Loewentheil said the letter "reflects an emerging consensus among legal scholars that a proper balance between religious liberty and equal rights can be struck without creating carve-outs for religion in new laws protecting LGBT or reproductive rights."
 
"We are delighted that many prominent scholars in the legal academy signed this letter," Loewentheil said. "The views of these scholars provide responsible counsel to the White House as it considers the wording of an important new executive order securing LGBT and gender identity non-discrimination rules for employers who receive public funding." 
 

July 14, 2014 in Law School, President/Executive Branch, Religion | Permalink | Comments (0) | TrackBack (0)

Wednesday, January 22, 2014

President Obama's Statement on Anniversary of Roe v. Wade

Obama3White House press release: Statement by the President on Roe v. Wade Anniversary:

Today, as we reflect on the 41st anniversary of the Supreme Court decision in Roe v. Wade, we recommit ourselves to the decision’s guiding principle: that every woman should be able to make her own choices about her body and her health.  We reaffirm our steadfast commitment to protecting a woman’s access to safe, affordable health care and her constitutional right to privacy, including the right to reproductive freedom.  And we resolve to reduce the number of unintended pregnancies, support maternal and child health, and continue to build safe and healthy communities for all our children.  Because this is a country where everyone deserves the same freedom and opportunities to fulfill their dreams.

January 22, 2014 in Abortion, President/Executive Branch, Supreme Court | Permalink | Comments (0) | TrackBack (0)

Monday, August 12, 2013

Editorial on Contraception Mandate and Religious Objections by Secular Businesses

USA Today editorial: Contraception mandate applies to business: Our view:

If you choose to run a secular moneymaker, you can't claim exemptions unavailable to other businesses.

Controversy over ObamaCare isn't news, but any intrusion into deeply held religious beliefs is particularly contentious, and just such a dispute is underway.

Over the last year, the Affordable Care Act has phased in a requirement that most health insurance plans give women access to FDA-approved contraception methods, including birth control pills and the "morning after pill." The law is right to require this . . . .

August 12, 2013 in Contraception, President/Executive Branch, Religion and Reproductive Rights | Permalink | Comments (0) | TrackBack (0)

Saturday, July 27, 2013

Federal Appeals Court Rules Against Wood Cabinet Company in Challenge to Contraception Mandate

ACLU press release: Third Circuit Rules Against Wood Cabinet Company's Challenge to Contraception Coverage Rule:

CHICAGO – The U.S. Court of Appeals for the Third Circuit today ruled against a Pennsylvania company that makes wooden cabinets and furniture and its owners that wished to avoid compliance with the federal rule requiring employers to provide insurance coverage for contraception. The court upheld a lower court's denial of a preliminary injunction.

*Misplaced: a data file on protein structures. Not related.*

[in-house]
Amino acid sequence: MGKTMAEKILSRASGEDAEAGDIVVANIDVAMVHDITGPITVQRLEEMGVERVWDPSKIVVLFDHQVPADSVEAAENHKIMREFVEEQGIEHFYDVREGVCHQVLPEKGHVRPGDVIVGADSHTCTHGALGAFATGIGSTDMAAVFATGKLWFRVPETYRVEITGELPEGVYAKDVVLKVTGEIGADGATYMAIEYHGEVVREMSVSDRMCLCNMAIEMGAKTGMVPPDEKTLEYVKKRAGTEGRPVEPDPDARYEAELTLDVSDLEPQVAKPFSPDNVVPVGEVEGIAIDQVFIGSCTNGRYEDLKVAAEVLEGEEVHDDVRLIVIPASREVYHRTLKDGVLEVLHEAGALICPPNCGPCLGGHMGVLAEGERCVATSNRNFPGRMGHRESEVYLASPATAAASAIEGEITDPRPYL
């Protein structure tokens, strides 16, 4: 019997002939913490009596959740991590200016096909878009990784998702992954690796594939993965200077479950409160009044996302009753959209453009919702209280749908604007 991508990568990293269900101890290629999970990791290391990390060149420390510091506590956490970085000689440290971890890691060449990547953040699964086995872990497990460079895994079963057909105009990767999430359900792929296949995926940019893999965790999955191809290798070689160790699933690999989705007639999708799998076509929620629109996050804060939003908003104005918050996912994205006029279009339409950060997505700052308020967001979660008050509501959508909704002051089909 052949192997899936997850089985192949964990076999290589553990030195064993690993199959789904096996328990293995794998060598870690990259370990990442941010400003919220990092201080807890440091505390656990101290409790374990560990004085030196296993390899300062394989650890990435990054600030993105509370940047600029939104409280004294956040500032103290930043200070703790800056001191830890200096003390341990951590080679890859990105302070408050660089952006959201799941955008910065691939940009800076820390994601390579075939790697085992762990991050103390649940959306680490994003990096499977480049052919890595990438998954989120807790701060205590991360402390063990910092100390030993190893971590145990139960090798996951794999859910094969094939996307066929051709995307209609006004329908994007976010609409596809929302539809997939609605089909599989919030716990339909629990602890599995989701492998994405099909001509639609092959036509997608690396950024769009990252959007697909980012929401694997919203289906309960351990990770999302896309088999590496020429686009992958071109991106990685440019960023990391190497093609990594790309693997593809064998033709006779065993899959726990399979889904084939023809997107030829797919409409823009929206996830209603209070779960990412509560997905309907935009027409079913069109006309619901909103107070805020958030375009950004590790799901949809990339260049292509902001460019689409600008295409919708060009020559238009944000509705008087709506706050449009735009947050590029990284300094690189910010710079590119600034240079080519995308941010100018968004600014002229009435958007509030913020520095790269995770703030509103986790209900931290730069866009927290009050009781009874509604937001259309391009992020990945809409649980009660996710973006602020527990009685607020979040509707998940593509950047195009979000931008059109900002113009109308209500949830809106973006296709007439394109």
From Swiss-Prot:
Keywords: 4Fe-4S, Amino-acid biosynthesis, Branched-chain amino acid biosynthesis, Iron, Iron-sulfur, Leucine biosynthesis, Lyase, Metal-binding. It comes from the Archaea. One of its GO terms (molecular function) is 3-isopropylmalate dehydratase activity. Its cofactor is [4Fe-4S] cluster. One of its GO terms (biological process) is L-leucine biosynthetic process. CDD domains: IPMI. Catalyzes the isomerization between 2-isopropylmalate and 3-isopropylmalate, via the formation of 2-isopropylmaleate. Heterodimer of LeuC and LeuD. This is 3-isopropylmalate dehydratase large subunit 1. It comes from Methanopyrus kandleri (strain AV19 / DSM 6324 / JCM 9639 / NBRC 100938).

This case is one of more than 60 across the country addressing the rule mandating contraception coverage. The American Civil Liberties Union filed a friend-of-the-court brief in the case, as well as in similar cases recently heard by three other courts of appeals. The ACLU's brief in support of the federal rule urged the court to require Conestoga Wood Specialties Corporation to comply with the requirement to provide employees with health insurance coverage for all preventive services, including contraceptive care. With this decision, there is now a split in the circuits.

"While the Constitution ensures that we are entitled to our religious beliefs, it also safeguards against having someone else's beliefs imposed upon us," said Louise Melling, deputy legal director of the ACLU. "Businesses cannot deny women coverage for something as fundamental as contraception by using the owners' personal beliefs as an excuse for discrimination."

For more information on the cases challenging the federal contraceptive coverage mandate, go to: 
aclu.org/reproductive-freedom/challenges-federal-contraceptive-coverage-rule.

The decision can be found here:
aclu.org/reproductive-freedom/conestoga-v-sebelius-opinion

July 27, 2013 in Contraception, In the Courts, President/Executive Branch, Religion and Reproductive Rights | Permalink | Comments (0) | TrackBack (0)

Tuesday, July 23, 2013

FDA Grants Exclusive Rights to Maker of Plan B One-Step

FDAThe Boston Globe: Plan B One-Step gets exclusive rights, by Deborah Kotz:

The US Food and Drug Administration decided late Monday night to grant exclusive rights to Teva Pharmaceuticals to put its brand name form of emergency contraception on drugstore shelves without any age restrictions for the next three years. Plan B One-Step, Teva’s product, has started to appear in some drugstores this week on shelves next to spermicides and pregnancy tests. . . .

July 23, 2013 in Contraception, Medical News, President/Executive Branch, Teenagers and Children | Permalink | Comments (0) | TrackBack (0)